Alasdair Roberts has out a new book (ht: MR) America's First Great Depression: Economic Crisis and Political Disorder After the Panic of 1837. Since I do not have access to an advanced copy of the book, I will take an earlier Boston Globe article of his to highlight some issues.
Alasdair Roberts, Boston Globe 10 July 2011 (some paragraph ordering changed).
Many states were caught up in the mania of 1836-37. They borrowed in
Europe and competed with each other to build infrastructure that would open their markets. Legislators spent indiscriminately. Every new canal, railroad, and turnpike was supposed to pay for itself. But when the economy collapsed, so did the projects.
There was no toll revenue to repay the loans. Foreign creditors pressed the states to raise property taxes instead. But voters resisted new taxes, and many states simply lacked the capacity to collect them…Between July 1841 and December 1842, eight of the country’s 26 states defaulted on their loans. Other states and the federal government also struggled to avoid insolvency. The entire nation quickly became a pariah in international financial markets….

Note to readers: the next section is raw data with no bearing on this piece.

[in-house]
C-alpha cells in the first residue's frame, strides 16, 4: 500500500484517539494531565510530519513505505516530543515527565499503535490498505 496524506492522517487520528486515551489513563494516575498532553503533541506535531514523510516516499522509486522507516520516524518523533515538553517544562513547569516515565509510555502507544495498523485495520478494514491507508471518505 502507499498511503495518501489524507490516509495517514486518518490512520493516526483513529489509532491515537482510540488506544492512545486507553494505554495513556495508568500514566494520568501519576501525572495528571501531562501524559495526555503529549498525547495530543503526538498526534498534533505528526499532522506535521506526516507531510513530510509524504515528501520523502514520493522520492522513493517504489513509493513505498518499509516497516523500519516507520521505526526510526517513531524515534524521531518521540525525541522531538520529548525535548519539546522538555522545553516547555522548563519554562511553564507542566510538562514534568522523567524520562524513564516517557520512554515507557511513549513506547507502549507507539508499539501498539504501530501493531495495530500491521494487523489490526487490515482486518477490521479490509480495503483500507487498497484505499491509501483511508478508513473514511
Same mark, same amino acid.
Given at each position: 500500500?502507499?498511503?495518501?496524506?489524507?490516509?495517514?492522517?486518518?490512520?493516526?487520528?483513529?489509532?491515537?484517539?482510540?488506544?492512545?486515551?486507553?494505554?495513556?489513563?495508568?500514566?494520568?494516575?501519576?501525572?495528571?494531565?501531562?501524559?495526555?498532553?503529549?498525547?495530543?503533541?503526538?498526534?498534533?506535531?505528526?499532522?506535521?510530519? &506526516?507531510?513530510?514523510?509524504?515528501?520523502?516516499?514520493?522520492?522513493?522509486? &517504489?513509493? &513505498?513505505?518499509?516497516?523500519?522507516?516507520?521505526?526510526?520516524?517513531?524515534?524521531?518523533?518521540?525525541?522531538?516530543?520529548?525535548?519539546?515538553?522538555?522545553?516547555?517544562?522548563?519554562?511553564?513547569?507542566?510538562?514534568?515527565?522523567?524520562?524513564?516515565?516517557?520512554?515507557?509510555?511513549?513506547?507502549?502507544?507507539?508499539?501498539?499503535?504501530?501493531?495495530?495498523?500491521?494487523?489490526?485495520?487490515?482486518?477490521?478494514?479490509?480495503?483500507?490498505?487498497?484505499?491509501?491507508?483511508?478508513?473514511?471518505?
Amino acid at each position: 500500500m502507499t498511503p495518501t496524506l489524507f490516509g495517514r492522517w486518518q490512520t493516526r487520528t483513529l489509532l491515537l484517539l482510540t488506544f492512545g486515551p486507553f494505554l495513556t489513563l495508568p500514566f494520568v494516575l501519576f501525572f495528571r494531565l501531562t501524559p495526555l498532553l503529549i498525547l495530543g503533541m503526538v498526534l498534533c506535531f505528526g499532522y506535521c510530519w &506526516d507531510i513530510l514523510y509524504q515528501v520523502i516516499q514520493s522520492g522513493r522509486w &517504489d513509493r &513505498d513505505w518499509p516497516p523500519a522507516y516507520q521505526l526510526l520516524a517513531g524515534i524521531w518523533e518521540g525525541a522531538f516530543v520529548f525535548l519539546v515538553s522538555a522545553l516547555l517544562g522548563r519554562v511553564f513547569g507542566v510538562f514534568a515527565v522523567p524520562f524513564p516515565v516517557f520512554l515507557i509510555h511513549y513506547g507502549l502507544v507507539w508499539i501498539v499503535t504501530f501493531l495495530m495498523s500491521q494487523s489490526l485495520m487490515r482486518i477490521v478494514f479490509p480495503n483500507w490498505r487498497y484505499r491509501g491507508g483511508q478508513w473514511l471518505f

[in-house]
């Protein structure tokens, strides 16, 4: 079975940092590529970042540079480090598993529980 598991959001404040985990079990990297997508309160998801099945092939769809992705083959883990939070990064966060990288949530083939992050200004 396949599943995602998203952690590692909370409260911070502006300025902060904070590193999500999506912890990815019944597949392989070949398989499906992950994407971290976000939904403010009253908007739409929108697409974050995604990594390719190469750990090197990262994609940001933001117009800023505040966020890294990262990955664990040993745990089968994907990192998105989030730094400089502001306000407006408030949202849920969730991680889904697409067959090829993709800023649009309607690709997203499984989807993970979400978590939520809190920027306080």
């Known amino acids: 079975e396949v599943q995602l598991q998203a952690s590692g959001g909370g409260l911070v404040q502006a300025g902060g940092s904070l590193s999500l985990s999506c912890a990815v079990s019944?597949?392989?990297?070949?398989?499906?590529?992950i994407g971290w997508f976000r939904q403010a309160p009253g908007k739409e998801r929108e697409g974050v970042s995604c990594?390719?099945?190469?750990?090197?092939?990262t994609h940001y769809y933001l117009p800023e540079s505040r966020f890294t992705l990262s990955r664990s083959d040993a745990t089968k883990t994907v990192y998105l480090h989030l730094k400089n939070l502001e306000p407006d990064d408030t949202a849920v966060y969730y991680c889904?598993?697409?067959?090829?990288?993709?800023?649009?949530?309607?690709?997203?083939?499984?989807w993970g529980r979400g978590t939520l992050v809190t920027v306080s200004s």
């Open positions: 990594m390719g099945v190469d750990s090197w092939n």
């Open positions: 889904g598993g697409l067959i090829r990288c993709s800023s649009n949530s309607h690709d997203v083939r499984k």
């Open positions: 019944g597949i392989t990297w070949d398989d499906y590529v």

The crisis was a critical point in the evolution of American government. States abandoned their infrastructure schemes and adopted constitutional restrictions on borrowing.
Voters accepted new taxes, and governments developed the capacity to collect them efficiently.
“Self-government is no longer a theory,’’ said John Pettit, an
legislator. “We must take our cool and calm moments to bind and restrict ourselves.’’ Indiana
What a concept, you restrict spending and raise taxes. Today we sometimes raise taxes a little, and sometimes cut them a little. But mostly we just print more money.
Of course the States back then couldn’t make anyone take their printed money. We are not yet at that point.
When we reach that point, we will begin to understand just how wealthy we actually are.